It is buzzing around like a wasp, sometimes making sudden movements up and down. But all in all the aircraft that is flying in the hall at the Schieweg, just outside the TU Delft campus, seems to fly quite steadily. It looks like nothing you have ever seen, somewhere between a motorcycle and a powered wingsuit. It is loosely attached to the ceiling with a rope, just as a precaution. You wouldn’t want the craft with its two large propellers to go haywire.
The students of the Silverwing team, the latest TU Delft dream team consisting of 34 students from seven faculties, are standing about 20 metres from their aircraft that is being baptised here today. They are all smiles. They believe that the footage of this test that they will submit will unlock the next stage – phase two - of the GoFly Prize competition organised by airplane manufacturer Boeing. And ultimately they may win the grand prize of USD 1 million this fall during the finals in the United States.
“We will hear next month from Boeing if they will grant us USD 50,000 to continue working on our aircraft,” says team member James Murdza. “Besides the footage of the test, we will send them an 18 page technical report containing details such as wind tunnel experiments and battery tests. We are quite confident. The results seem promising.”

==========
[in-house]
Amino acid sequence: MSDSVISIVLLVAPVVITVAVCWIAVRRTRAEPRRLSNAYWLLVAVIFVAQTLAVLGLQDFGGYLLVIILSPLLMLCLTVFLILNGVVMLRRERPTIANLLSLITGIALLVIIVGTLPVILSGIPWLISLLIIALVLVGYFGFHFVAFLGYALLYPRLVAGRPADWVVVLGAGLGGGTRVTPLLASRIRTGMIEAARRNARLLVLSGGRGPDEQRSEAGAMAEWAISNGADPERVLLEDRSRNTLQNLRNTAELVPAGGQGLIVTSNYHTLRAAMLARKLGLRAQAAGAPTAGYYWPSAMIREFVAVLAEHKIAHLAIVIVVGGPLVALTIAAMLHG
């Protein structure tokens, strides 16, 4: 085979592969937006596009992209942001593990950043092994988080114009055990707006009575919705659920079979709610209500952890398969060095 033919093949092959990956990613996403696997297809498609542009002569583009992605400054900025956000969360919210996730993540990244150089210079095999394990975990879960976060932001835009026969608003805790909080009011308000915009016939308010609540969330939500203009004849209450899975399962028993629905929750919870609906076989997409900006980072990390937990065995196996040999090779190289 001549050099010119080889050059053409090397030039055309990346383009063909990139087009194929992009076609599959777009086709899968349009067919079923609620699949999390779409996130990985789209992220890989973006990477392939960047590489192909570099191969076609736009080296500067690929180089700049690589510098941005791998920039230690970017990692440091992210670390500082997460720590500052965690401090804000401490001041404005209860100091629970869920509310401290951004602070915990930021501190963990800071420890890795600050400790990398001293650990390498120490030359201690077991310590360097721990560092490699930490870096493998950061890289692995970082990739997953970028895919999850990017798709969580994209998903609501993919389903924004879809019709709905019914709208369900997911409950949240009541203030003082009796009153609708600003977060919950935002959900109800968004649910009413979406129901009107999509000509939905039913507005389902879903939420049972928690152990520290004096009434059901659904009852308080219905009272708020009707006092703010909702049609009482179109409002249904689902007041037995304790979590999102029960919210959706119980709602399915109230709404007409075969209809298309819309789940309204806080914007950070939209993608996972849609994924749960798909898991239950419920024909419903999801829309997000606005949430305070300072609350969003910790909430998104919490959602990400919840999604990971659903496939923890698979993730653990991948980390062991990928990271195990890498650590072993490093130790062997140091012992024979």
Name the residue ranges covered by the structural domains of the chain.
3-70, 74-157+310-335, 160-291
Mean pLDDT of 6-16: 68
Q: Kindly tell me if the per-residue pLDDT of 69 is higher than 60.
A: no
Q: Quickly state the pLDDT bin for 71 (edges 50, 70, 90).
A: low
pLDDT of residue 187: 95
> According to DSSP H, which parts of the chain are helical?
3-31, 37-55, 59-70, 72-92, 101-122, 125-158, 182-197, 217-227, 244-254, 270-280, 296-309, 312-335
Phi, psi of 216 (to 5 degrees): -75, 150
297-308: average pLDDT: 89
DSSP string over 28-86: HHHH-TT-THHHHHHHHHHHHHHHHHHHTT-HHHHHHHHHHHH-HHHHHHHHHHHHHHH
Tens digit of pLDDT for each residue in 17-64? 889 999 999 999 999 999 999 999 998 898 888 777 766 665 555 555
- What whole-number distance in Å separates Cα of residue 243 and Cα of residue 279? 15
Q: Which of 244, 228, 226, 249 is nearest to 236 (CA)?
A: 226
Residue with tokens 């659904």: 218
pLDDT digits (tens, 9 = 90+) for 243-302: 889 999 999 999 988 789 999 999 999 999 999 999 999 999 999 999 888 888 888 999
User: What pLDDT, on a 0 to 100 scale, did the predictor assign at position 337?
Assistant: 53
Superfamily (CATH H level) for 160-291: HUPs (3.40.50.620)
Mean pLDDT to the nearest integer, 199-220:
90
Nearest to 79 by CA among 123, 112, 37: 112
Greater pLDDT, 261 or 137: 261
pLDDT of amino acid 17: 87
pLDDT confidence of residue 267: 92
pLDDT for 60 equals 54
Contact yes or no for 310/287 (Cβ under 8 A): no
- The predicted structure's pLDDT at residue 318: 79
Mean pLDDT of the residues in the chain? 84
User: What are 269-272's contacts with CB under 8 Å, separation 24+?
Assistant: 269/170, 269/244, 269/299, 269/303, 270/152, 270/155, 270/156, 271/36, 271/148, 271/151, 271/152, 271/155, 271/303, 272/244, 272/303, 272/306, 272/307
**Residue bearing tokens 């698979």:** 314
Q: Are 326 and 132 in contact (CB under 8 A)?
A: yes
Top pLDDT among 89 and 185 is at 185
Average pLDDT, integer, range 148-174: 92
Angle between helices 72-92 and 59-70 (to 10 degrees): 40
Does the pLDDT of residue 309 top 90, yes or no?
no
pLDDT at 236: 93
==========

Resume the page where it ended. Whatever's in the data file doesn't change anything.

The operator sits as though on a motorcycle
Silverwing is one of 10 teams that won USD 20,000 in a Boeing sponsored international competition last spring to build a fully functional flying device or jetpack. Almost 3,000 participants from 95 countries took part in this competition. Competitors had to design a flying device that can carry one person 20 miles without refueling or recharging and with vertical, or near vertical, take-off and landing capability.
The Silverwing is powered by two electric motors that allow it to take off vertically. In a next stage, the aircraft will have to make a 90 degree transition from vertical take-off to horizontal cruise flight. The operator sits as though on a motorcycle, in a kind of seat to prevent him from falling backward.
“We have to go outside to perform the tests for the transition to horizontal flight,” says Murdza. “We haven’t obtained the permit to do so yet. We are working with the Netherlands Aerospace Centre (NLR) to obtain a permit so we can do this experiment at their test location in Markenesse.”
The tests performed this week were with a half-sized scale model. This month the team will start working on the real sized version which will have a wingspan of 2.6 metres. “It needs to be ready in June at the latest so that it can be tested and shipped in time to the US where the final competition will be. Where exactly we don’t know yet. The organisation will announce that in March.”
If the students pass the second phase, they could win the grand prize of USD 1 million. They will have to demonstrate that their airplane can take off vertically and fly for at least 20 minutes before landing vertically again. Safety aspects and noise also play a role. Teams can win USD 250,000 for the quietest plane.